Data platform requirements and expectations

A big data platform is a complex and sophisticated system that enables organizations to store, process, and analyze large volumes of data from a variety of sources.

It is composed of several components that work together in a secured and governed platform. As such, a big data platform must meet a variety of requirements to ensure that it can handle the diverse and evolving needs of the organization.

Note, due to the extensive nature of the domain, it is not feasible to provide a comprehensive and exhaustive list of requirements. We invit you to contact us to share additionnal enhancements.

Data ingestion

This area includes the ingestion of data from various sources, their treatment, and their storage in a suitable format.

  • Data sources

    Ability to consume data from various sources including databases, file systems, APIs, and data streams.

  • Ingestion mode

    Ability to consume data in both batch and streaming.

  • Data format

    Support for reading and writing file formats and table formats such as JSON, CSV, XML, Avro, Parquet, Delta Lake and Iceberg.

  • Data quality

    Definition for the quality requirements for the data, such as data completeness, data accuracy, and data consistency, and ensure that the ingestion pipeline can validate and cleanse the data as needed.

  • Transformation des données

    Determine whether the data needs to be transformed or enriched before it can be stored or analyzed.

  • Data Availability

    Ensure that the ingestion pipeline can handle failures or outages of the data sources or the ingestion pipeline itself, and can recover and resume ingestion without data loss.

  • Volume

    Provide solutions capable of addressing expected volume and throughput variations.

Data storage

This area includes the storage, the managment, and the retrieval of large volumes of data.

  • Disponibilité

    The ability to access the data reliably and with minimal downtime, ensuring high availability of the data.

  • Durability

    The ability to ensure data is not lost due to hardware failures or other errors, with data replication and backup strategies in place.

  • Performance

    The ability to store and retrieve data quickly and efficiently, with low latency and high throughput.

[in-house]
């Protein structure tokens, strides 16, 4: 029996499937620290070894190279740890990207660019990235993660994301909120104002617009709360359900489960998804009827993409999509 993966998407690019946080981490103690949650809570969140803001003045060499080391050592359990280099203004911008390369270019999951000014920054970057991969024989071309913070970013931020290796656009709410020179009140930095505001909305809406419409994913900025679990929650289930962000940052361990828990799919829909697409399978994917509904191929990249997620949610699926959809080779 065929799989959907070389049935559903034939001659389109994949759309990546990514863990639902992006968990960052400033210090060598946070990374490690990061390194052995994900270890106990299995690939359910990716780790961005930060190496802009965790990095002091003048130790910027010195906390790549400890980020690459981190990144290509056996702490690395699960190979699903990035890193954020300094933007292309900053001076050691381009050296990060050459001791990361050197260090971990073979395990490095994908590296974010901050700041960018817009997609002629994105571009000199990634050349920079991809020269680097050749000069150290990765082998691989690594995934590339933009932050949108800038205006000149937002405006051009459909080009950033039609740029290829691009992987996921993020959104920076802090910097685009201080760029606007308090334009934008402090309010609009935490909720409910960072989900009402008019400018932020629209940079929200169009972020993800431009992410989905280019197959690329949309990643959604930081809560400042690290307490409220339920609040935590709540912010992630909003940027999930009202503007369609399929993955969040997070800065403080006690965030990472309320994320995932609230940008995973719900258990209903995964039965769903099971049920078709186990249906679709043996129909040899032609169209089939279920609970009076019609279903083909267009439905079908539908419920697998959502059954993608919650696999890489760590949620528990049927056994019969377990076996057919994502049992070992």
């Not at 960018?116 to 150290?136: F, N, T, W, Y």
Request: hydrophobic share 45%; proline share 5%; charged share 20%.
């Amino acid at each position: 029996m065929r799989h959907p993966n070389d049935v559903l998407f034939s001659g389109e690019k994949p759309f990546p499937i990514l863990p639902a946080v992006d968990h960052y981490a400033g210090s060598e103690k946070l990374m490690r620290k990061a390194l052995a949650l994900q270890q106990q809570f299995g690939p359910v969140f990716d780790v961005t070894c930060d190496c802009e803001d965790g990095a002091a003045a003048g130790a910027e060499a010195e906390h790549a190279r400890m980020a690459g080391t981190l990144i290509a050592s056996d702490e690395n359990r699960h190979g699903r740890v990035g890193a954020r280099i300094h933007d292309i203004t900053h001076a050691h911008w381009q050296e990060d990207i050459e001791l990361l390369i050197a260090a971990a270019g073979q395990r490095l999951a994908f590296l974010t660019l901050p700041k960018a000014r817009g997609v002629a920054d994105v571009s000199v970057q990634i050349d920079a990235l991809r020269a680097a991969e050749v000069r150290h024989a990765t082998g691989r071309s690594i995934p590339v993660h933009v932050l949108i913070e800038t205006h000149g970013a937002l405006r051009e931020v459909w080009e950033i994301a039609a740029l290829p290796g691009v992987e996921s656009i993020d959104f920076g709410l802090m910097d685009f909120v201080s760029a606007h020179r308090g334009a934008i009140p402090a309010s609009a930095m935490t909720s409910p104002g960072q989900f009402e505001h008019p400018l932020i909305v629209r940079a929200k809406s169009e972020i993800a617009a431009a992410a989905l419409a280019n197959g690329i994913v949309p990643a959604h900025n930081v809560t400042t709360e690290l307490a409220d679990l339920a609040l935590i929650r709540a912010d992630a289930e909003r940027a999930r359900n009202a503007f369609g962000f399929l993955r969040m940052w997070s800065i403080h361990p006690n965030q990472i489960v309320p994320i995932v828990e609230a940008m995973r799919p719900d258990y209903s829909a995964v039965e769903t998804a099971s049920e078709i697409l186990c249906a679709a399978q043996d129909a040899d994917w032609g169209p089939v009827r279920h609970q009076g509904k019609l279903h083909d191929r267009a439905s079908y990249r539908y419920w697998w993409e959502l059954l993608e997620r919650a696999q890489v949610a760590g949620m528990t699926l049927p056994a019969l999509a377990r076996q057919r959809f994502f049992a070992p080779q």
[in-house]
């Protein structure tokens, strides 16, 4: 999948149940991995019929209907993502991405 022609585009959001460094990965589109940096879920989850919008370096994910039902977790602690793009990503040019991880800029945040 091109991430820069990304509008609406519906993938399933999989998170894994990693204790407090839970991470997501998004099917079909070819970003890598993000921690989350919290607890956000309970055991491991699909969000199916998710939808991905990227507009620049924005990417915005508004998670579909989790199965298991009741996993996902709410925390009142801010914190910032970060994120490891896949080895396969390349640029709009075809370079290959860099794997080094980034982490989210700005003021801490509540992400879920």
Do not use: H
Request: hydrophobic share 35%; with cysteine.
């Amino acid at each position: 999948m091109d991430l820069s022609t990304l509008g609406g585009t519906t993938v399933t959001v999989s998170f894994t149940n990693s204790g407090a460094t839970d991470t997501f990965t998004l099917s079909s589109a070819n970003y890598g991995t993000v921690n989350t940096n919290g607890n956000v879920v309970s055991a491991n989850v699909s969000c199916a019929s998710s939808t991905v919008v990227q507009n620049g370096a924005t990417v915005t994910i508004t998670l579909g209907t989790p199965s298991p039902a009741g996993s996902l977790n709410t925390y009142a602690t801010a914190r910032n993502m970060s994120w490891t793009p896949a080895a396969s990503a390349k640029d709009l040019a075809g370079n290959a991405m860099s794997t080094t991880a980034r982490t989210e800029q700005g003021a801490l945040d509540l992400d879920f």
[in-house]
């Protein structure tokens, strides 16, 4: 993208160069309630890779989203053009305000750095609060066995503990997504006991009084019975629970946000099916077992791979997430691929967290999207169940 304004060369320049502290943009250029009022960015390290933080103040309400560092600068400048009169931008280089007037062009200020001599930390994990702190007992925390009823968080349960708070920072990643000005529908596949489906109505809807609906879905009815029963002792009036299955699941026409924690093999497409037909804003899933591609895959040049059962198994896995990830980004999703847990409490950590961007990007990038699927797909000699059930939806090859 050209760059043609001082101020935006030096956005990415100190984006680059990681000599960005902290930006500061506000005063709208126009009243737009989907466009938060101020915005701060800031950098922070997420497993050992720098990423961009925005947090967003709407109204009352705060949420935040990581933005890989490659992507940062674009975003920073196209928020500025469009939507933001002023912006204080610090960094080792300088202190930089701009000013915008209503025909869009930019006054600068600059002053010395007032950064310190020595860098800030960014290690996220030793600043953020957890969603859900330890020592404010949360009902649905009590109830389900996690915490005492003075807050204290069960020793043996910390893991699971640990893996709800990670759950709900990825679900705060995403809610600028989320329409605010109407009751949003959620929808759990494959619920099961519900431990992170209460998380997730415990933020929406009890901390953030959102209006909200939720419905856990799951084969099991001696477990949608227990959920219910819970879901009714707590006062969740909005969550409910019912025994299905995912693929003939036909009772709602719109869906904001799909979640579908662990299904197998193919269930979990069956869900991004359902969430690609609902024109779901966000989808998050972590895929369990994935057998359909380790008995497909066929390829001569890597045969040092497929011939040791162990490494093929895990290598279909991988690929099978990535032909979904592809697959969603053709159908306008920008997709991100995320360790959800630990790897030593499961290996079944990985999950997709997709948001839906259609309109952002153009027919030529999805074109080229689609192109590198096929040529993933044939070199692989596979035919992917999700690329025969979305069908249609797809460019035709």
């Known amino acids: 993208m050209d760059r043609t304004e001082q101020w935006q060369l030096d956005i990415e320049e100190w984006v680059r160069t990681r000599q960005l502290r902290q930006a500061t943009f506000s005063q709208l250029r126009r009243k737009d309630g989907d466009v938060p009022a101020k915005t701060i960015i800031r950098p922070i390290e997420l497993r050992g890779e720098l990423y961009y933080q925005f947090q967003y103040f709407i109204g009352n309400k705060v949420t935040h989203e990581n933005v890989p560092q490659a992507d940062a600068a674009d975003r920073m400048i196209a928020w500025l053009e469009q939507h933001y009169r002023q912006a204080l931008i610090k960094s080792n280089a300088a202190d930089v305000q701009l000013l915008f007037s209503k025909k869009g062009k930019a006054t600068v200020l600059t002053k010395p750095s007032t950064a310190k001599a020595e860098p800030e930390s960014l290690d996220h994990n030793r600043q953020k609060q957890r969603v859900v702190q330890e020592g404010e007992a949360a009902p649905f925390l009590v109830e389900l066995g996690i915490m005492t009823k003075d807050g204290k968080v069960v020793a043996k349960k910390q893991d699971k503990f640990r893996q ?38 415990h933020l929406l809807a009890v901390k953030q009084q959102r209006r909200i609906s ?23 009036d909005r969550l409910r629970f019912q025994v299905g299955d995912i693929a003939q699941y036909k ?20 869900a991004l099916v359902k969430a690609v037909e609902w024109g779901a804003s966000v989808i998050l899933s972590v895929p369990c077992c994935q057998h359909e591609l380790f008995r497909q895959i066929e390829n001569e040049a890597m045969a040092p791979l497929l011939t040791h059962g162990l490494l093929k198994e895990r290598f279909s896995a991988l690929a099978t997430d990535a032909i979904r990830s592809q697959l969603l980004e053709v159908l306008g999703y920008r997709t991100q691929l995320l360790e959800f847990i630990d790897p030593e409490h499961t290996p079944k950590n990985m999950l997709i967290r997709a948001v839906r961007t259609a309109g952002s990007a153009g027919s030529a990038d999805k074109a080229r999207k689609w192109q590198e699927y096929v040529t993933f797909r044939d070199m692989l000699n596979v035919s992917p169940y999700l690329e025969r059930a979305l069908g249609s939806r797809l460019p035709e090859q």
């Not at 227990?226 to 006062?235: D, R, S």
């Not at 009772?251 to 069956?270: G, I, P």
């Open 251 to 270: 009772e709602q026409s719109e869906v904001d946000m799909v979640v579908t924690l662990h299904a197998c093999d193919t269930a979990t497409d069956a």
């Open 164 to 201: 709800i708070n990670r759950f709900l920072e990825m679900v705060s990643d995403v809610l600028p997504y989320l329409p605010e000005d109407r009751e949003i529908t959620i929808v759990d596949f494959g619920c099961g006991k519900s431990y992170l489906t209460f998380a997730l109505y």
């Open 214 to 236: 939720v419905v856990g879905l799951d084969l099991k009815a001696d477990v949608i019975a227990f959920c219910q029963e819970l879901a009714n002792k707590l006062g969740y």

• Elasticity

    Storage and management of growing volumes of data, with the ability to scale up and down as needed by acquiring and releasing additional resources.

  • Data lifecycle

    Data lifecycle management by applying changes and adding missing data and the possibility of reverting to a previous version.

Data processing in the data lake

This area includes the processes for preparing and exposing the data for further analysis.

  • Flexibility

    Ability to support multiple data types and formats and ability to integrate with various distributed data processing and analysis tools.

  • Data cleaning

    Cleanse the data to remove or correct errors, inconsistencies, and missing values.

  • Data integration

    Combine and integrate multiple data sources into a single dataset, resolving any schema or format differences.

  • Data transformation

    Transform the data to prepare it for downstream processing or analysis, such as aggregating, filtering, sorting, or pivoting.

  • Data enrichment

    Enhance the data with additional information to provide more context and insights.

  • Data reduction

    Reduce the volume of data by summarizing or sampling it, while preserving the essential characteristics and insights.

  • Data normalization and denormalization

    Normalize the data to remove redundancies and inconsistencies, ensuring that the data is stored in a consistent format and denormalization to improve performances.

Data observability

This area is the practice of monitoring and managing the quality, integrity, and performance of data as it flows through the platform.

  • Data validation

    Ensuring that the data is valid, accurate, and consistent, and meets the expected format and schema.

  • Data lineage

    Tracking the path of data as it flows through the system to identify any issues or anomalies.

  • Data quality monitoring

    Continuously monitoring the quality of data and raising alerts when anomalies or errors are detected.

  • Performance monitoring

    Monitoring the performance of the system, including latency, throughput, and resource utilization, to ensure that the system is performing optimally.

  • Metadata management